Ambassador Theatre Group

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The Ambassador Theatre Group Limited
Type Limited company
Industry Entertainment
Founder(s)
Headquarters Woking, Surrey, United Kingdom
Number of locations 39 theatres and 1 cinema in 36 locations
Key people
  • Howard Panter (Joint Chief Executive & Creative Director)
  • Rosemary Squire (Joint Chief Executive)
  • Greg Dyke (Executive Chairman)
  • Helen Enright (Chief Financial Officer & Commercial Director)
  • Michael Lynas (Managing Director - Content)[1]
Owner(s)
Employees 3,500 (June 2013)[5]
Website atgtickets.com
References: [3]

The Ambassador Theatre Group (ATG) is a major international theatre organisation headquartered in the United Kingdom. ATG's key operations comprise three inter-related activities: theatre ownership and management; theatre producing activity; and ticketing and marketing operations.[6]

ATG is the largest theatre ownership / management group in the UK by number of seats.[7] It is one of the leading UK ticket retailers, and claims to be the largest in theatre ticketing.[8] As a theatrical producer, ATG's market share of UK theatrical production was estimated in 2010 as less than 10 per cent by the Office of Fair Trading.[3]

The company was founded and is run by the husband-and-wife team of Howard Panter and Rosemary Squire, who in 2013 were judged (joint) top of the list of the 100 most influential people working in the UK theatre industry (after three years at the top on their own account) by The Stage newspaper.[9]

Business model[edit]

ATG's business model involves the combination of theatre ownership with production management, marketing and ticket operations.[10] ATG manage (and in some cases own) venues, mainly theatres, which host shows for paying audiences, including but not exclusively limited to shows created by its production functions; ATG's production functions create shows, which are hired out for performance at theatres including but not exclusively limited to theatres managed by ATG; and ATG's ticketing and marketing function sells and charges fees for selling tickets, for venues, including but not exclusively limited to venues owned by ATG.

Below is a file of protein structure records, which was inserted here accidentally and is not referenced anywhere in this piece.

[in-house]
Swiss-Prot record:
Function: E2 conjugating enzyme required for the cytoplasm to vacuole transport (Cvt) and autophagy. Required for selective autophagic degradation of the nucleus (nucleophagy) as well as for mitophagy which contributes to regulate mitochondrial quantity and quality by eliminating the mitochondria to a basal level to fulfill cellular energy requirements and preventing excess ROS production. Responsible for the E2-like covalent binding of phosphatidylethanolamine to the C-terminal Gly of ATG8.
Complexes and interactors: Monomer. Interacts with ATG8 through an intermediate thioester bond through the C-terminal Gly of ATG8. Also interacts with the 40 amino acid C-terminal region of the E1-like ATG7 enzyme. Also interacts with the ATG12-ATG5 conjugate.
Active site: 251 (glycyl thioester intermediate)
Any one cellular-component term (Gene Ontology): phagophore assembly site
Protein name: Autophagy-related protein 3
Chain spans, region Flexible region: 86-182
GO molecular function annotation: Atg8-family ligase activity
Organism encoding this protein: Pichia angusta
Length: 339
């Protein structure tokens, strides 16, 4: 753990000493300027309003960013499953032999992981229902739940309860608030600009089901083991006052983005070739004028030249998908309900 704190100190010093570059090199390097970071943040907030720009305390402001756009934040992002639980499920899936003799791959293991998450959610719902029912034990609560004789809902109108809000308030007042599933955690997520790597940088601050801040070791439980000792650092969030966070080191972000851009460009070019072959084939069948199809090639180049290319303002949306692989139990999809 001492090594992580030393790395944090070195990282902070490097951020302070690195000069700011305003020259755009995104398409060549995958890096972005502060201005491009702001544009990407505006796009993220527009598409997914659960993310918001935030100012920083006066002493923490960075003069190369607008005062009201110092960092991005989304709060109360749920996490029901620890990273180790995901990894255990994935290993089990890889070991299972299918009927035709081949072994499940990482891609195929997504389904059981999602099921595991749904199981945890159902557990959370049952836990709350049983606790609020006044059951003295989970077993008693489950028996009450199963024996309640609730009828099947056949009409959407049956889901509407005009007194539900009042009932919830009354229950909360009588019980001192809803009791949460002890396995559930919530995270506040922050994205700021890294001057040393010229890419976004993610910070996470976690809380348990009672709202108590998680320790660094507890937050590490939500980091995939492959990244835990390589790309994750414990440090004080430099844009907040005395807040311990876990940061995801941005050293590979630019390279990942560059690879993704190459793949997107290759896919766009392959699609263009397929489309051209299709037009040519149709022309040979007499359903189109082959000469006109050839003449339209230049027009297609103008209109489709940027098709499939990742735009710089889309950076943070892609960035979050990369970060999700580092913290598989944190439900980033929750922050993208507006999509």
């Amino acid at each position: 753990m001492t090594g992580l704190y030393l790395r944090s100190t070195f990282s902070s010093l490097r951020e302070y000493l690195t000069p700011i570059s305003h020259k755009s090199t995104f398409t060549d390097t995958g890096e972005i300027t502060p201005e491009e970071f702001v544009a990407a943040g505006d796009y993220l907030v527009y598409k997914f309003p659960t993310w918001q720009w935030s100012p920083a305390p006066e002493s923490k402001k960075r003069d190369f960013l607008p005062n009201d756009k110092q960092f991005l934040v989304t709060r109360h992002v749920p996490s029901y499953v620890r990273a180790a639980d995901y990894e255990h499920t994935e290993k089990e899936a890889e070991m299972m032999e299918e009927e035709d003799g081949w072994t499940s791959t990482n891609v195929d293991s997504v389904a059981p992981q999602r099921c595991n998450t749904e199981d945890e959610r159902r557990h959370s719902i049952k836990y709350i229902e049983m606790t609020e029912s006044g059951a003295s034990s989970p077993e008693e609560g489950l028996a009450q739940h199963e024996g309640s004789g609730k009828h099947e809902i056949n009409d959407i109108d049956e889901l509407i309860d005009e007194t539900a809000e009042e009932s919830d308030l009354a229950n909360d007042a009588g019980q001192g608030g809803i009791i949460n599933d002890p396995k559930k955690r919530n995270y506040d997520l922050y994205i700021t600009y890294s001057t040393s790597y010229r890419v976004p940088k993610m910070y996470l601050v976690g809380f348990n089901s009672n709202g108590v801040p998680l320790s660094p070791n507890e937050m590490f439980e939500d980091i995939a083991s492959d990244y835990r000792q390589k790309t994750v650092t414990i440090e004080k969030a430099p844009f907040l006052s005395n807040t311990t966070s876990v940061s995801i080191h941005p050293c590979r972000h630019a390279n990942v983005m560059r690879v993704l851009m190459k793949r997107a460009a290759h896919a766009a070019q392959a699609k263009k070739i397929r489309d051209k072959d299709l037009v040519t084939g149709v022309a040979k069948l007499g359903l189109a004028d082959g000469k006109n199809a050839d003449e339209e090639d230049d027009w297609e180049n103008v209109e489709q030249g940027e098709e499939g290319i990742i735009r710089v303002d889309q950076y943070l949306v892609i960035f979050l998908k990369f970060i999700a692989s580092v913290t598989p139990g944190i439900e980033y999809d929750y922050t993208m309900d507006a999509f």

Theatre ownership and management[edit]

ATG manage 38 theatres and one cinema in the United Kingdom (see list below), and one on Broadway. 12 of the UK theatres are in London's West End, three in Scotland and the rest in England's regions. The aggregated seated capacity of these theatres is over 48,000, making ATG the largest theatre group in the UK by number of seats.[7] In May 2013 ATG took ownership of its first non-UK venue, the Lyric Theatre, one of the largest Broadway theatres in New York City.[11][12]

Theatre producing activity[edit]

ATG produces shows on its own behalf, with external producers and with producers with which it has contractual arrangements. Sonia Friedman Productions, formed in 2002, and now a leading mainstream production company, is a wholly owned subsidiary of ATG.[13][14] First Family Entertainment, formed in 2005, a leading pantomime production company, is now solely owned by ATG.[14]

In 2011 Theatre Royal Brighton Productions was launched by ATG, its artistic director is Christopher Luscombe.[15] The company's first production was Dandy Dick, followed by Joe Penhall's play Blue/Orange.[16] In 2011 ATG also announced a partnership with director and choreographer Jerry Mitchell to form Jerry Mitchell Productions, which will develop, create and produce new productions for ATG theatres and other venues worldwide.[17]

In 2012 ATG announced further production deals, with producer Tali Pelman;[18] and with director Jamie Lloyd (to form Jamie Lloyd Productions), which would focus on "new writing, modern classics and musicals".[19]

Current and recent ATG co-productions[edit]